Progressive Islam: The progressive Muslim movement lives

The Progressive Muslim Union is on life support, Muslim Wakeup! is taking a bit of a nap, and the so-called “moderate majority” groans whenever the terms “progressive” and “Muslim” are uttered on the same day. It would be hard to deny that the progressive Muslim movement is desperately stalled at the moment, yet Ali Eteraz’s gloomy declaration of The Death of “Progressive Islam” still strikes me as recklessly premature.

It has become en vogue in some Muslim circles to demean and rebuke those who would call themselves “progressive”; indeed, many who hold overtly progressive political views now shun the term out of the same fear of denunciation that they once rebelled against. Not everyone has the stomach, will, or sense of commitment to work with a vital yet struggling movement as it makes sense of itself and its place in the bigger picture, and while there is no fault in gracefully taking leave, some have chosen a more dramatic, narcissistic exit. Convinced that the movement cannot possible succeed because it does not conform to some personal utopia, they glibly announce its death as it struggles on behind them. Right out of the plague scene in Monty Python and the Holy Grail, they attempt to dump the frail movement on the corpse cart as it cries out, “I’m not dead!…I’m feeling better.”

In denouncing Omid Safi’s “Islamic Humanism” as “redundant” and a “lesser form of self hate,” Eteraz raises a common, though confused, objection to the very need for a progressive approach to Islam. Yes, many Muslims believe that since Islam was founded on progressive and humanistic social change it is inherently such, and to overtly call oneself a “progressive Muslim” is redundant and, by exclusion, insulting. There is a glaring flaw in this argument, however. No religion, ideology, philosophy, or mindset can be considered progressive today simply for the values it actively championed at some point in the past. In fact, I’ll take that a step further and argue that no school of thought can be considered inherently progressive. Since the degree by which any religion (in this case) can be considered progressive relies on the prevailing cultural and temporal context, active engagement is required to reinterpret and rework existing concepts, integrate new ideas, and act upon them.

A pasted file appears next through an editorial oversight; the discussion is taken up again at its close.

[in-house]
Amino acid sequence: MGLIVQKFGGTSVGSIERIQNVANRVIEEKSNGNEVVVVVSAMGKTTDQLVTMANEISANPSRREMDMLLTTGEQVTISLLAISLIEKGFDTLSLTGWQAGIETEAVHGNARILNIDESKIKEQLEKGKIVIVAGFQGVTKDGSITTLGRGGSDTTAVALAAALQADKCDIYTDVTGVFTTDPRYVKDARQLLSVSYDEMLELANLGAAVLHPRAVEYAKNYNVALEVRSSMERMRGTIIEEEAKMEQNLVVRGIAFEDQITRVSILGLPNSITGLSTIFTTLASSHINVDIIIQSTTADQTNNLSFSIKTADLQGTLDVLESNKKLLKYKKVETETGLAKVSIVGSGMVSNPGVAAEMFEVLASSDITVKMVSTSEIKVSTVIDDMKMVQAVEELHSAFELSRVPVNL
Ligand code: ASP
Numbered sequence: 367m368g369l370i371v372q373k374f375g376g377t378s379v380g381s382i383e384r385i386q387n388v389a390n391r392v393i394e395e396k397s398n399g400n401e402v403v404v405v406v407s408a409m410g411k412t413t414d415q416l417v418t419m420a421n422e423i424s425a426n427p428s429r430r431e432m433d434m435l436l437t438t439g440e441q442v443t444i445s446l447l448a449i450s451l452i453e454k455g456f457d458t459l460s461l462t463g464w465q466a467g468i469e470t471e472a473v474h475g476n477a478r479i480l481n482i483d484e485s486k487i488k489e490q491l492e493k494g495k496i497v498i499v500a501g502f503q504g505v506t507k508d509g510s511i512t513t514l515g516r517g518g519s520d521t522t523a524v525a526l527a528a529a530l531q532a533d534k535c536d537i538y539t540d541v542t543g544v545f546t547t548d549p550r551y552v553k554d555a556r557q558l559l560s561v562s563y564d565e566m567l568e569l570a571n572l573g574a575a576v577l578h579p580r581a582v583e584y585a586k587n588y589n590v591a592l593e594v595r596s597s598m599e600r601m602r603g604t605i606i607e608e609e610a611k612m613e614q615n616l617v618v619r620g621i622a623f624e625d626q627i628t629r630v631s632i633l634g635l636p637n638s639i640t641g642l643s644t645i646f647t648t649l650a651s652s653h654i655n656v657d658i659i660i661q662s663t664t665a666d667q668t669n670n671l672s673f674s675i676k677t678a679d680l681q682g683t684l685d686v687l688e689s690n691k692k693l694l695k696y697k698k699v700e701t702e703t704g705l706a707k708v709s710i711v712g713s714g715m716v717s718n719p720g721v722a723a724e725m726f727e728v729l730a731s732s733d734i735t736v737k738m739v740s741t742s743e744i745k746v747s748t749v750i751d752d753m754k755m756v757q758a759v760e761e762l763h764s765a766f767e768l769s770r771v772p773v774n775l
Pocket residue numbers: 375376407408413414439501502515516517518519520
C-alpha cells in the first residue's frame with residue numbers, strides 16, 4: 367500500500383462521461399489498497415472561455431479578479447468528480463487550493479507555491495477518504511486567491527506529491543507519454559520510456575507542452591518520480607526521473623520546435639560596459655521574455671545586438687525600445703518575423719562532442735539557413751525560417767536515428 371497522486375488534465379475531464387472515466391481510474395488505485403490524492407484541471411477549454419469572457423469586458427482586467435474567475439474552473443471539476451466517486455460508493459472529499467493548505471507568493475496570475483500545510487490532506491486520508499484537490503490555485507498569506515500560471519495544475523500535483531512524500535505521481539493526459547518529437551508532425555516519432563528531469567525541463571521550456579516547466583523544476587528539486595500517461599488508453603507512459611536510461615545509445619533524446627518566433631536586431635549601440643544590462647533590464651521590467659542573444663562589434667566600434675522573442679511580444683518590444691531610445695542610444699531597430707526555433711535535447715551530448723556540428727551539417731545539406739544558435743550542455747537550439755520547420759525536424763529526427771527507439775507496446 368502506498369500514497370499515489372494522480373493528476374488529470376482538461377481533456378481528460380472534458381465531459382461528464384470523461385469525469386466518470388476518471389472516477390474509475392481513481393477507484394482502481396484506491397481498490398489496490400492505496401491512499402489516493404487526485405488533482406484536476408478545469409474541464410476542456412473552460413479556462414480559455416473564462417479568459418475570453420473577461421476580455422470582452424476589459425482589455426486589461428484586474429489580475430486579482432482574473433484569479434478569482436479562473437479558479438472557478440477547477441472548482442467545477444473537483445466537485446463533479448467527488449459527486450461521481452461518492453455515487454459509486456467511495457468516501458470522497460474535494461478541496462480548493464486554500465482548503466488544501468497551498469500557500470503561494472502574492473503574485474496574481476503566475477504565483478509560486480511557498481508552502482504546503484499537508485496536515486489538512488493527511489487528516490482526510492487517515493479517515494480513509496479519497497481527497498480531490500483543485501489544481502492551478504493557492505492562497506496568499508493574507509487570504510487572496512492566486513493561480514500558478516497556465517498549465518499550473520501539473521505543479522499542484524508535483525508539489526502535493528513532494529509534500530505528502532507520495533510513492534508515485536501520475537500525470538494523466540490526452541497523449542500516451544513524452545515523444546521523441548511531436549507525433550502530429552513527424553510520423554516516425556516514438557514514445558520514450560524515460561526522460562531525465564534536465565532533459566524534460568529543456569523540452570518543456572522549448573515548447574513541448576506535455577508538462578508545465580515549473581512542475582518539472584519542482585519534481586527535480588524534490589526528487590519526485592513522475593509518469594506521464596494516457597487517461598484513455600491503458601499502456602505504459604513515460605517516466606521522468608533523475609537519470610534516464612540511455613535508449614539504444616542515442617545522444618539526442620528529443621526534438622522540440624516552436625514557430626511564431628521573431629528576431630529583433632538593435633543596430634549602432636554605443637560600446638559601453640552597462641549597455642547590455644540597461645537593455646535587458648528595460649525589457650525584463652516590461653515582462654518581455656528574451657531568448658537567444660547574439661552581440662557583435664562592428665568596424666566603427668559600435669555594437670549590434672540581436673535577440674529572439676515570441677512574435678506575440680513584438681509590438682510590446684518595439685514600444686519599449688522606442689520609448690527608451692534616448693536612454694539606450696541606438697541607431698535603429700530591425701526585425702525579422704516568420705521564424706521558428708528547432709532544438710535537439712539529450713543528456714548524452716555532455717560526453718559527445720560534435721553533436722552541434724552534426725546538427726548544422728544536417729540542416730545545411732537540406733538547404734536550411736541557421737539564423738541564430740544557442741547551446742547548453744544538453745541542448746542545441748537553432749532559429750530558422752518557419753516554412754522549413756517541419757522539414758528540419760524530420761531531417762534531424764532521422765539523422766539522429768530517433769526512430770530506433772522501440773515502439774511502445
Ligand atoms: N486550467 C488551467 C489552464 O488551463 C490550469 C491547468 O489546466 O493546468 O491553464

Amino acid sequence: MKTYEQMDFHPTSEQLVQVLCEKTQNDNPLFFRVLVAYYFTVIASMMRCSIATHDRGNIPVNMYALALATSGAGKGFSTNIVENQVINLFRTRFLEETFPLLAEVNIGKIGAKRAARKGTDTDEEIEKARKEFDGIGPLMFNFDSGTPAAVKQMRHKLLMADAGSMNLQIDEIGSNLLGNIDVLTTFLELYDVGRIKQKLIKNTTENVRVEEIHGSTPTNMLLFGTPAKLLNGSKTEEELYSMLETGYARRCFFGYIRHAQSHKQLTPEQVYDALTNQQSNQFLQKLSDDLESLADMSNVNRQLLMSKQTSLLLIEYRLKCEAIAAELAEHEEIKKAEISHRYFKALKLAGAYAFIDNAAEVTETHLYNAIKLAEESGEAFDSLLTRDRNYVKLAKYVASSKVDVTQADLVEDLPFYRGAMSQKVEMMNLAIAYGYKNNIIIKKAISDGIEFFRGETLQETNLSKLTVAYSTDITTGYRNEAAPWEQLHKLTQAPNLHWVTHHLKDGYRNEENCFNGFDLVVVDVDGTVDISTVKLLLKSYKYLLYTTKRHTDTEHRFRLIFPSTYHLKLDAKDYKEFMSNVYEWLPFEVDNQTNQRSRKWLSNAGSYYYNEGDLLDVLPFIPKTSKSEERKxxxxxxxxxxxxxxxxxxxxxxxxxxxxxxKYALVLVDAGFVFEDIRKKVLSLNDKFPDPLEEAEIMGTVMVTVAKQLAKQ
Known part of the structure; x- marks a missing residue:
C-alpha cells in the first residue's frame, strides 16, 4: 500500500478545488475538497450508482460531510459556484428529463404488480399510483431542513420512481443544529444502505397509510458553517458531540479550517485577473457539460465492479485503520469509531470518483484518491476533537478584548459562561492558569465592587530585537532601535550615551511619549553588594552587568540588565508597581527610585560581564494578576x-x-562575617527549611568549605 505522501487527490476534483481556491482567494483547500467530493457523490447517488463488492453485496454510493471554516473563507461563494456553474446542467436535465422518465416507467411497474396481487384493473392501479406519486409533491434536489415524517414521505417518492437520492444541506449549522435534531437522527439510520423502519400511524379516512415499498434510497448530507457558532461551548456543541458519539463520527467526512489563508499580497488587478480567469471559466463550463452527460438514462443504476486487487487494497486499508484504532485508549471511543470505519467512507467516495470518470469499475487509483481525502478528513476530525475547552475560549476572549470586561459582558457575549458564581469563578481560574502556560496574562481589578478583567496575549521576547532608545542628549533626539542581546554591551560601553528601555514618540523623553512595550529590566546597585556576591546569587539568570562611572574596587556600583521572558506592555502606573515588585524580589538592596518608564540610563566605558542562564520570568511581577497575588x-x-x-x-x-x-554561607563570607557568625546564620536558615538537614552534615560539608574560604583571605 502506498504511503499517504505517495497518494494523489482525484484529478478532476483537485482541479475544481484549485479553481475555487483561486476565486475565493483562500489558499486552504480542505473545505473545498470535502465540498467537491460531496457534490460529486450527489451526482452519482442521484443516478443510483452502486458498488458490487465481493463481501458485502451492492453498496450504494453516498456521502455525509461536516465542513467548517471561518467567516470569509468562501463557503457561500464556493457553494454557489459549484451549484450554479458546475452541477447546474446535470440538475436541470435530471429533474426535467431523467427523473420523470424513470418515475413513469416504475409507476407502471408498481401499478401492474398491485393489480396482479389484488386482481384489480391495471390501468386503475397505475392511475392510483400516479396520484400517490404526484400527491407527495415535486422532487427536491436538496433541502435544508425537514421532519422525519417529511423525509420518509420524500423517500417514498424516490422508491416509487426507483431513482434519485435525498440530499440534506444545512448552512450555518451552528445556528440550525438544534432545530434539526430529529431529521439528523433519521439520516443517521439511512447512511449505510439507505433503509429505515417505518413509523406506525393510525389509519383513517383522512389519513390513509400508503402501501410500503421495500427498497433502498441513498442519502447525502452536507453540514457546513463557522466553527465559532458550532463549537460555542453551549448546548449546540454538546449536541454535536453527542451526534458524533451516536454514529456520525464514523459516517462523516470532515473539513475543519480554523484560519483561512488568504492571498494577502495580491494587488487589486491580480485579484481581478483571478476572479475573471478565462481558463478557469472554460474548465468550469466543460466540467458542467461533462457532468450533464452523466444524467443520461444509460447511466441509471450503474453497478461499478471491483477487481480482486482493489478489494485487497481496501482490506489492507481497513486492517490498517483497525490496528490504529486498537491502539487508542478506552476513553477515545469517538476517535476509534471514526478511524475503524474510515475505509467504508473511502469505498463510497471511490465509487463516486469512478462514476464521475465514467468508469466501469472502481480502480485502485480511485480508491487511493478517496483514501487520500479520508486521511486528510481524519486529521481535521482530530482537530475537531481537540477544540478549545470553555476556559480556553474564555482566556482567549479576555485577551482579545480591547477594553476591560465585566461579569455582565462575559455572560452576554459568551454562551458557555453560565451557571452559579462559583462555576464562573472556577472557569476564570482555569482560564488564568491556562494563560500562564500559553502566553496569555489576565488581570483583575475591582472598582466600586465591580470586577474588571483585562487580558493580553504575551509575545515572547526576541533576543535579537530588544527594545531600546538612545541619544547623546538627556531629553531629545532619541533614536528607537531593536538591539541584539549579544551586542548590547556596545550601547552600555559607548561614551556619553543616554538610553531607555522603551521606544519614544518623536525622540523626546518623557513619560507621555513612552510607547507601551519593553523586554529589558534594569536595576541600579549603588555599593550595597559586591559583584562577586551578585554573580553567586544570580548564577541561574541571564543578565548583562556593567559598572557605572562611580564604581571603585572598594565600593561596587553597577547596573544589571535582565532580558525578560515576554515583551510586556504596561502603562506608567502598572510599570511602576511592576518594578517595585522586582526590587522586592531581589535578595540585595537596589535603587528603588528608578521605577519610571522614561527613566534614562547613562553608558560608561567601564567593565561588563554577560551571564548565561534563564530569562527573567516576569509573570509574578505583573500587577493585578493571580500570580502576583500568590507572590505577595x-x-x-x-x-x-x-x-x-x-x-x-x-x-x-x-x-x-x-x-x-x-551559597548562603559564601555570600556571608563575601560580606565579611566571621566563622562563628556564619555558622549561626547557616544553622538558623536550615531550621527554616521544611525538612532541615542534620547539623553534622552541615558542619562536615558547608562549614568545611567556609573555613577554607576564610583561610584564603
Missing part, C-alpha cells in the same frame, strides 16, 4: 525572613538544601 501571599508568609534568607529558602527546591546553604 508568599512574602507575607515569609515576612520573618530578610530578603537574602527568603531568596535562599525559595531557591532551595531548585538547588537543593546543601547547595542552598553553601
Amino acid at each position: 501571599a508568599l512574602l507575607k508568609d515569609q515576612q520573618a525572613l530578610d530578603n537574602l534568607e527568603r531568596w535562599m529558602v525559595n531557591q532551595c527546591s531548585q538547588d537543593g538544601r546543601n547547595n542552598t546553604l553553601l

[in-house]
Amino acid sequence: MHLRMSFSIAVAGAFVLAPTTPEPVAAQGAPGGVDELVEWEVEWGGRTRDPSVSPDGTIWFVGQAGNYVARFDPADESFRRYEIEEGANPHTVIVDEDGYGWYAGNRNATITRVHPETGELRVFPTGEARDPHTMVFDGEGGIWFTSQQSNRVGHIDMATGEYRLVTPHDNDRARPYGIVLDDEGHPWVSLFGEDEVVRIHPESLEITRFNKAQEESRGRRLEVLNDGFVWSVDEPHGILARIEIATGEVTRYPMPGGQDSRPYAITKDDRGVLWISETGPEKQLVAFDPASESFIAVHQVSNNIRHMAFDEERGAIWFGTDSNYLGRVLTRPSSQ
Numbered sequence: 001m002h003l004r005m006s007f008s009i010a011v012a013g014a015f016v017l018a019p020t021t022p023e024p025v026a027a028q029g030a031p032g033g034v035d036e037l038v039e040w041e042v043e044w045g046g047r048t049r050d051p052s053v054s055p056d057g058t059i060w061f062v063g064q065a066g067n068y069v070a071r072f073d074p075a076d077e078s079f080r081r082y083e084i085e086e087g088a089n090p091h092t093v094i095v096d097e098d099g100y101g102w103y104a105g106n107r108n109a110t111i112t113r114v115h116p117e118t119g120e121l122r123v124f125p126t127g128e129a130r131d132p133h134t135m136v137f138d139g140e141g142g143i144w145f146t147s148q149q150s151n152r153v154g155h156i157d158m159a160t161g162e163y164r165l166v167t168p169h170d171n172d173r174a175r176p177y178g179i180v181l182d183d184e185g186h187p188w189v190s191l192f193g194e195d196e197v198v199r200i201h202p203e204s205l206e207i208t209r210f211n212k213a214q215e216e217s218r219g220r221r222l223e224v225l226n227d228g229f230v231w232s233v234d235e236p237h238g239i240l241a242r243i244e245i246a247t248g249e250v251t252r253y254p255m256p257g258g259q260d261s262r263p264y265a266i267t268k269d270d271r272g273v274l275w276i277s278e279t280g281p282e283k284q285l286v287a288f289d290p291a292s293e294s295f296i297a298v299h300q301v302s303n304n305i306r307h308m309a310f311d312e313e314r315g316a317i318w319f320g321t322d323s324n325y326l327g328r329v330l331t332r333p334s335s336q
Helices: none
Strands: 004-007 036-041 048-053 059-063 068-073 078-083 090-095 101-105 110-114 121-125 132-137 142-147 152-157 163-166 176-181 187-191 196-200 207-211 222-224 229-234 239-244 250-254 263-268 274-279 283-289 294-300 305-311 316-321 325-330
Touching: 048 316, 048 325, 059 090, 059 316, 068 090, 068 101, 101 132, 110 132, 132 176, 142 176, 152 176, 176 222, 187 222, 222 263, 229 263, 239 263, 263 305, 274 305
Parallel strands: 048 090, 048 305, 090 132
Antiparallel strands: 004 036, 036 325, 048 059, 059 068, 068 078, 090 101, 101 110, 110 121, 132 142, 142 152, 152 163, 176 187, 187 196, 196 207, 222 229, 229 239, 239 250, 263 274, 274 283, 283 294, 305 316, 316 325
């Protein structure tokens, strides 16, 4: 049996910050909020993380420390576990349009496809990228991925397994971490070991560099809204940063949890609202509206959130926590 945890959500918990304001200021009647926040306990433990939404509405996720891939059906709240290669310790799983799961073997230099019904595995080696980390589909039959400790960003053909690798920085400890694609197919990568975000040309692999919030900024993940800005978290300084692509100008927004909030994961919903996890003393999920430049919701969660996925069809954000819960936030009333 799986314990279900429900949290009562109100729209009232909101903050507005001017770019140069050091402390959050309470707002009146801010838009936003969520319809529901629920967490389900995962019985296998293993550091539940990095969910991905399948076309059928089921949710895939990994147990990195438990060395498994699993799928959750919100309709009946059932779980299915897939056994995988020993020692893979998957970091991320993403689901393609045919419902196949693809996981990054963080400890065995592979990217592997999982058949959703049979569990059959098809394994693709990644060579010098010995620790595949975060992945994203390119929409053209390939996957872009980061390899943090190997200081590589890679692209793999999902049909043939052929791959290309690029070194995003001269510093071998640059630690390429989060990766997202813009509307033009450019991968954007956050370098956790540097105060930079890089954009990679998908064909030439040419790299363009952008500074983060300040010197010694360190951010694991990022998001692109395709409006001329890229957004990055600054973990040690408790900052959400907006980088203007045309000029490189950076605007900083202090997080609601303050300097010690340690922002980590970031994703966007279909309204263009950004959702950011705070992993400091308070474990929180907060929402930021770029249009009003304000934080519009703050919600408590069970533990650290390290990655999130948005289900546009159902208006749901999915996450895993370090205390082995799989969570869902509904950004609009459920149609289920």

Progressive Muslims recognize this and commit to be active agents of progressive social change through an Islamic spiritual path and a willingness to promote and act upon humanistic ideas regardless of cultural origin. In this view, the “straight path” of Islam is one with a distinctly steep and progressive ethical slope, on which each subsequent generation of humanity is obligated to make successive gains.

Most bewildering, however, is Eteraz’s statement that the lack of a progressive Muslim “juridical authority” presents “an insurmountable” problem for the movement. Befuddling, as it always seemed to me that it was the overbearing presence of just such “authorities” that have served to stymie if not destroy past progressive movements. Of course, every tradition has the potential to benefit from the work of scholars, academics, historians, and jurists; however, the notion that a progressive Muslim movement is doomed unless it dictates morality from on high is simply absurd and a reflection of the current state of dogmatic thought. Does anyone really believe that “all practicing Muslims turn to some kind of juridical authority” as Eteraz asserts?

For most of the spiritually minded among progressive Muslims, there is a desire to engage directly with scriptural sources and form personal interpretations. In fact, this impulse is certainly not unique to progressives. While these same Muslims may then evaluate juridical opinions against their own, they are free to accept or reject them (at least in legitimate secular democracies). By referring to Islamic jurists or scholars as “authorities” is to suggest that contradicting them is a transgression of faith. This simply has no place in the progressive view.

Clearly, the progressive Muslim movement is not without its faults. A surplus of ego and ambition along with a paucity of vision and commitment are certainly partly to blame for the current malaise; and yet, even as the initial flare up begins to simmer down it refuses to be entirely extinguished. Slowly, the energetic impulse that inspired the initial spark of frenetic action is being channeled into coherent forms and deliberate endeavors. Thanks, in part, to the overly scrutinized and under planned actions of some of the more publicized (and demonized) figures, Muslims all over the country have been drawn to this immature yet promising movement and a committed core is growing daily.

Outside of blogs and e-mail lists, the progressive Muslim movement is taking shape locally on a grassroots level. From Los Angeles to Chicago to New York and countless locales in between, progressive Muslims are finding each other in the real world: praying together, discussing, arguing, protesting, and planning. They are working slowly to give shape to a cohesive discourse in a decidedly less media driven manner than in the past few years. As with any movement this young, they are off to the best start that can be hoped for, a steady and stable crawl.

And lest I forget, they are proud to call themselves “progressive”� as am I.

Sam Aboelela is the organizer of the NYC Progressive Muslim meetup, which has over 450 members and has weekly meetings.

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